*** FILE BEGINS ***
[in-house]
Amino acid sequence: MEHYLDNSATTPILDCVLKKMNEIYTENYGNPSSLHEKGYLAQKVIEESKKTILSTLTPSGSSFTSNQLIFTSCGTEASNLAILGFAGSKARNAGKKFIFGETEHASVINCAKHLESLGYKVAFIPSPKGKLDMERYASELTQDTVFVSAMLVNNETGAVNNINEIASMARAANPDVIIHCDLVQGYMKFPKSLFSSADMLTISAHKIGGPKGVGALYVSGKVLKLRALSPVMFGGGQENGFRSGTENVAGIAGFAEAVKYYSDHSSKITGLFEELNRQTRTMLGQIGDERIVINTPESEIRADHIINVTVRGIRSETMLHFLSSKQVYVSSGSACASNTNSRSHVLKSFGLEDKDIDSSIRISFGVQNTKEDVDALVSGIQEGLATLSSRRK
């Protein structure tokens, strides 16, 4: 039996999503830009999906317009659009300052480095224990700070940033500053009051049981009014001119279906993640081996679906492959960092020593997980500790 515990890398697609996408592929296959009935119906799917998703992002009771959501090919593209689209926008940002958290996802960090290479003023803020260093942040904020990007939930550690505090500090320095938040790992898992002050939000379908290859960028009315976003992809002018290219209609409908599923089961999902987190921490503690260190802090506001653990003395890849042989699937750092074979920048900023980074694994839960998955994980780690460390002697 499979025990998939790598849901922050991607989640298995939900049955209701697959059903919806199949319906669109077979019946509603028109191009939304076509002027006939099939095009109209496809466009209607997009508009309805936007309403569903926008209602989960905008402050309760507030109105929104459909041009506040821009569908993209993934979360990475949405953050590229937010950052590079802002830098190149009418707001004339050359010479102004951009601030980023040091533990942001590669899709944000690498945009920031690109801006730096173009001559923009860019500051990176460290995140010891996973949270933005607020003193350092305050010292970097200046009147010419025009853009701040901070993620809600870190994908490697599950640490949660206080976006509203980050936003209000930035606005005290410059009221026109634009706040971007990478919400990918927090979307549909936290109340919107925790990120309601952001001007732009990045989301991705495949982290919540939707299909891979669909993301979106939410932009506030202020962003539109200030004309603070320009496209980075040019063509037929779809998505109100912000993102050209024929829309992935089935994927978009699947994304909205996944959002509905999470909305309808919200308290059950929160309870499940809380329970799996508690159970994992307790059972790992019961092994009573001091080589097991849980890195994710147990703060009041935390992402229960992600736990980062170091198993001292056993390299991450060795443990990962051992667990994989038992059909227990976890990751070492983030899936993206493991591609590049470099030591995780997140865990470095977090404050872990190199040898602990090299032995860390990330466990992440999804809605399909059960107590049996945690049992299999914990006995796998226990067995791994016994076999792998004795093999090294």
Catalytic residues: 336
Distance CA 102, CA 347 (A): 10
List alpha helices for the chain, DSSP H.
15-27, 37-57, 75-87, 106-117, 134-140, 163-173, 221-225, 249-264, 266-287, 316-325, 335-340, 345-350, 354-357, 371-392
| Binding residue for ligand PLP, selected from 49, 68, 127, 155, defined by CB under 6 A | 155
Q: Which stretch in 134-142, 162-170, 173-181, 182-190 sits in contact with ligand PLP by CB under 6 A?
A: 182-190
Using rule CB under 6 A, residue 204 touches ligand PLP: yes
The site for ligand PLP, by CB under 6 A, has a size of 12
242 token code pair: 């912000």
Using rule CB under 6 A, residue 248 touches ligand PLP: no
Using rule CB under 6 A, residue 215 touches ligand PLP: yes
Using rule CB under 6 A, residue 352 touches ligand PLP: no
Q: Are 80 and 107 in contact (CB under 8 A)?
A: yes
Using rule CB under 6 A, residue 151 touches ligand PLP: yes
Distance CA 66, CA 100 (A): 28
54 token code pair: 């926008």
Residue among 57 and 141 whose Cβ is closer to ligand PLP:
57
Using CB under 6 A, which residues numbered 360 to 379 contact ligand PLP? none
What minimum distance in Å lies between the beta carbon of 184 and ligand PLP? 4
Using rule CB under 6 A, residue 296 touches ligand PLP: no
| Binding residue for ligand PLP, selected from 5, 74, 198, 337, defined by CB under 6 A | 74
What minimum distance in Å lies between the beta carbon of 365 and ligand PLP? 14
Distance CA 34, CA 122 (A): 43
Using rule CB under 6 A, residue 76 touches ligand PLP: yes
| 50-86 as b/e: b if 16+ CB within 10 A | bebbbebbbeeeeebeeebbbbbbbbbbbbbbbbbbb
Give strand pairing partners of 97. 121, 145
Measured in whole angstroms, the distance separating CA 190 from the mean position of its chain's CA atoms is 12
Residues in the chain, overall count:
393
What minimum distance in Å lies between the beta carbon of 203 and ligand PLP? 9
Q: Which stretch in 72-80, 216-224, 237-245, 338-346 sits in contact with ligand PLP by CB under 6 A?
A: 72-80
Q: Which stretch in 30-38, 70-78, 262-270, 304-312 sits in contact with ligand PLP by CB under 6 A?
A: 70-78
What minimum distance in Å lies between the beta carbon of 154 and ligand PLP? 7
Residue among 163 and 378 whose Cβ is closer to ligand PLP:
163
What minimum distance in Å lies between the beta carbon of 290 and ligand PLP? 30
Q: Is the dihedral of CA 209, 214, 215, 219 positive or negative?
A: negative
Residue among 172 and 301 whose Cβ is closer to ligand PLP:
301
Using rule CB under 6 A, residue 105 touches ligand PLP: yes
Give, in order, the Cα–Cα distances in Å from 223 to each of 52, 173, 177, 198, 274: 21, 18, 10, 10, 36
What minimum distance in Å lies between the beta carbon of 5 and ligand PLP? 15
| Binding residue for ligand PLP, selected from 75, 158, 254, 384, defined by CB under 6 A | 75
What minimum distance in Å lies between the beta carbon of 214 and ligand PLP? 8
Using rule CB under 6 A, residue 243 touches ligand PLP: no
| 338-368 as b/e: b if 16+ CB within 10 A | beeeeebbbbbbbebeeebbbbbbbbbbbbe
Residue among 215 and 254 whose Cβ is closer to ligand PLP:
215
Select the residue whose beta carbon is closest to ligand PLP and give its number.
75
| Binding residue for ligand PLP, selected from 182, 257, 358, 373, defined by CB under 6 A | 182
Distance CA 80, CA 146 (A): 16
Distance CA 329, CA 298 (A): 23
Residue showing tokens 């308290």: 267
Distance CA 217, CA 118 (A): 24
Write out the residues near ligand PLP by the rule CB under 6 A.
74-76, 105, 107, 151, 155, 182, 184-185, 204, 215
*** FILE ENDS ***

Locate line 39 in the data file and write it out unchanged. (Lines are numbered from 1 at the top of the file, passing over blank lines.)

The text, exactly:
Q: Which stretch in 30-38, 70-78, 262-270, 304-312 sits in contact with ligand PLP by CB under 6 A?